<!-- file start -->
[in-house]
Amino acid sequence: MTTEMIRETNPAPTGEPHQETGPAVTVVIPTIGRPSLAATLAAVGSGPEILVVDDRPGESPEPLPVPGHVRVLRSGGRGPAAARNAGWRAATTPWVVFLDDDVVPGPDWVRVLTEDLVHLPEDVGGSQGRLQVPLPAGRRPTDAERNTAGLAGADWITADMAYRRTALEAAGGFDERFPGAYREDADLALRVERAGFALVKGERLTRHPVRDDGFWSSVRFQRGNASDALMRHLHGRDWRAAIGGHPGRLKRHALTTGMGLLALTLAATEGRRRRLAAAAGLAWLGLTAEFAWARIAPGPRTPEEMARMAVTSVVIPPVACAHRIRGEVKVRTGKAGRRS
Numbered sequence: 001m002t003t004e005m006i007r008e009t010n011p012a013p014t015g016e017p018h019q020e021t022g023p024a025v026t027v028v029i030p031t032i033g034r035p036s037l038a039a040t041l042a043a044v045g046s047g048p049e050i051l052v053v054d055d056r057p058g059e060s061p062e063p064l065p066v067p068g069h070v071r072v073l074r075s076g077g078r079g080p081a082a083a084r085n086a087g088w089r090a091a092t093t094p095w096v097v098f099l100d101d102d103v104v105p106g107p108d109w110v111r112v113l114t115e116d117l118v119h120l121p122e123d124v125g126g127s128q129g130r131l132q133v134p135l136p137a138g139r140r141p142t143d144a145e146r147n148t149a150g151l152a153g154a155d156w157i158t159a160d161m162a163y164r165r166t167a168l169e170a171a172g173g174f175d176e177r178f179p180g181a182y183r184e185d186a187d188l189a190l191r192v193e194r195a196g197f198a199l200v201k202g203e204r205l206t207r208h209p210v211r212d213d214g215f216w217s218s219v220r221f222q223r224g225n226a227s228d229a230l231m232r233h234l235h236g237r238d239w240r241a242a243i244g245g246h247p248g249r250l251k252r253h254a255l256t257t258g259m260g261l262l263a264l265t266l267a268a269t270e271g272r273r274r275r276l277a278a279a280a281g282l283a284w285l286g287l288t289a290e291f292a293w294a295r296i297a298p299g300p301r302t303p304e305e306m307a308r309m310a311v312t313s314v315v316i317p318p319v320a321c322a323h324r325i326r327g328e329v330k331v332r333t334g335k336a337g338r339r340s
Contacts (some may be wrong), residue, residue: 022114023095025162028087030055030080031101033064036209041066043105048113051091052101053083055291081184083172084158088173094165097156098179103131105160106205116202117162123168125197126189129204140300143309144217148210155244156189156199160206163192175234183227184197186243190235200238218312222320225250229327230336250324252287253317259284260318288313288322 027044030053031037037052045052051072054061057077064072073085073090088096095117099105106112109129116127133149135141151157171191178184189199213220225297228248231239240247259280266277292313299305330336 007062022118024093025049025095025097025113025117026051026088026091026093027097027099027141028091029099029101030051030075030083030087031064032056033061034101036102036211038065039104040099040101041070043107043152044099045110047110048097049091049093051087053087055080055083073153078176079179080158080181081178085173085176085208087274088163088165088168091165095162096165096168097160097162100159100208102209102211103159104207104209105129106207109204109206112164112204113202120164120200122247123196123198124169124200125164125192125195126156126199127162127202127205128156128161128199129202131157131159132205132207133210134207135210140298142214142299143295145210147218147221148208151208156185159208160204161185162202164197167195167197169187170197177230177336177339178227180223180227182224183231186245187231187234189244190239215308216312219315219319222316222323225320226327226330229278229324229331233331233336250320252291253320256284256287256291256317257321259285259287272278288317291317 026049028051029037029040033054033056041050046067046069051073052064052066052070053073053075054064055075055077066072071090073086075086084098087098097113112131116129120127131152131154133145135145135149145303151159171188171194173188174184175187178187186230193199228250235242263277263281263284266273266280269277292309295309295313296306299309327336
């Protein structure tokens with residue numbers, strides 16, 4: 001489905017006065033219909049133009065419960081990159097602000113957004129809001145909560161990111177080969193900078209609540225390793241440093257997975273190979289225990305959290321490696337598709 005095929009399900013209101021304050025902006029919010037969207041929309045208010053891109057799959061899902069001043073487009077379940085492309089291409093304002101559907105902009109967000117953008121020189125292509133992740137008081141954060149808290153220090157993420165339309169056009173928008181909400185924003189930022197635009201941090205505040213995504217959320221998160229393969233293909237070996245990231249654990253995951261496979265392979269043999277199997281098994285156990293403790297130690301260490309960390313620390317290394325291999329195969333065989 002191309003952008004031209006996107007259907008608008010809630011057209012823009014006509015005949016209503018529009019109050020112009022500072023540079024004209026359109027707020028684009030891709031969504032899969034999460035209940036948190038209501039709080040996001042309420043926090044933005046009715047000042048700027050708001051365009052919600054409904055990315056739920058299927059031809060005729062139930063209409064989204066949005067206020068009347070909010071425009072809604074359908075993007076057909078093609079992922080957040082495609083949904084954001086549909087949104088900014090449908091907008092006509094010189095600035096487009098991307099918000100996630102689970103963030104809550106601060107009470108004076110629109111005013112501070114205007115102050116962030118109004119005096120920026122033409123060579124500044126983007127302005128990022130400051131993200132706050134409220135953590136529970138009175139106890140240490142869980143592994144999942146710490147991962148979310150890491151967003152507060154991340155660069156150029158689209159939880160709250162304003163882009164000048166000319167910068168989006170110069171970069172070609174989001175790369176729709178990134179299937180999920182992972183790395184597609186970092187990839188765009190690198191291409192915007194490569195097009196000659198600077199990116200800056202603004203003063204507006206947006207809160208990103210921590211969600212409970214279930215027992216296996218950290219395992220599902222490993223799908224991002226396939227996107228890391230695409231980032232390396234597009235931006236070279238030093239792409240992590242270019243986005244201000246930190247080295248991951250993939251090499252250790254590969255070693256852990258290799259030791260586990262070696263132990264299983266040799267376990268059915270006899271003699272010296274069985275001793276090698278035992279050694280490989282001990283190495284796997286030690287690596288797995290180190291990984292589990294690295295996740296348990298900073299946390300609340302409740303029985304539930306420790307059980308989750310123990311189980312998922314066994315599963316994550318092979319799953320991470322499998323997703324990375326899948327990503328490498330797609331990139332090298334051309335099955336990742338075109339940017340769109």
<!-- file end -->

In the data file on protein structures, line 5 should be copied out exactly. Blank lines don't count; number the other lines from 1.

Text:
């Protein structure tokens with residue numbers, strides 16, 4: 001489905017006065033219909049133009065419960081990159097602000113957004129809001145909560161990111177080969193900078209609540225390793241440093257997975273190979289225990305959290321490696337598709 005095929009399900013209101021304050025902006029919010037969207041929309045208010053891109057799959061899902069001043073487009077379940085492309089291409093304002101559907105902009109967000117953008121020189125292509133992740137008081141954060149808290153220090157993420165339309169056009173928008181909400185924003189930022197635009201941090205505040213995504217959320221998160229393969233293909237070996245990231249654990253995951261496979265392979269043999277199997281098994285156990293403790297130690301260490309960390313620390317290394325291999329195969333065989 002191309003952008004031209006996107007259907008608008010809630011057209012823009014006509015005949016209503018529009019109050020112009022500072023540079024004209026359109027707020028684009030891709031969504032899969034999460035209940036948190038209501039709080040996001042309420043926090044933005046009715047000042048700027050708001051365009052919600054409904055990315056739920058299927059031809060005729062139930063209409064989204066949005067206020068009347070909010071425009072809604074359908075993007076057909078093609079992922080957040082495609083949904084954001086549909087949104088900014090449908091907008092006509094010189095600035096487009098991307099918000100996630102689970103963030104809550106601060107009470108004076110629109111005013112501070114205007115102050116962030118109004119005096120920026122033409123060579124500044126983007127302005128990022130400051131993200132706050134409220135953590136529970138009175139106890140240490142869980143592994144999942146710490147991962148979310150890491151967003152507060154991340155660069156150029158689209159939880160709250162304003163882009164000048166000319167910068168989006170110069171970069172070609174989001175790369176729709178990134179299937180999920182992972183790395184597609186970092187990839188765009190690198191291409192915007194490569195097009196000659198600077199990116200800056202603004203003063204507006206947006207809160208990103210921590211969600212409970214279930215027992216296996218950290219395992220599902222490993223799908224991002226396939227996107228890391230695409231980032232390396234597009235931006236070279238030093239792409240992590242270019243986005244201000246930190247080295248991951250993939251090499252250790254590969255070693256852990258290799259030791260586990262070696263132990264299983266040799267376990268059915270006899271003699272010296274069985275001793276090698278035992279050694280490989282001990283190495284796997286030690287690596288797995290180190291990984292589990294690295295996740296348990298900073299946390300609340302409740303029985304539930306420790307059980308989750310123990311189980312998922314066994315599963316994550318092979319799953320991470322499998323997703324990375326899948327990503328490498330797609331990139332090298334051309335099955336990742338075109339940017340769109």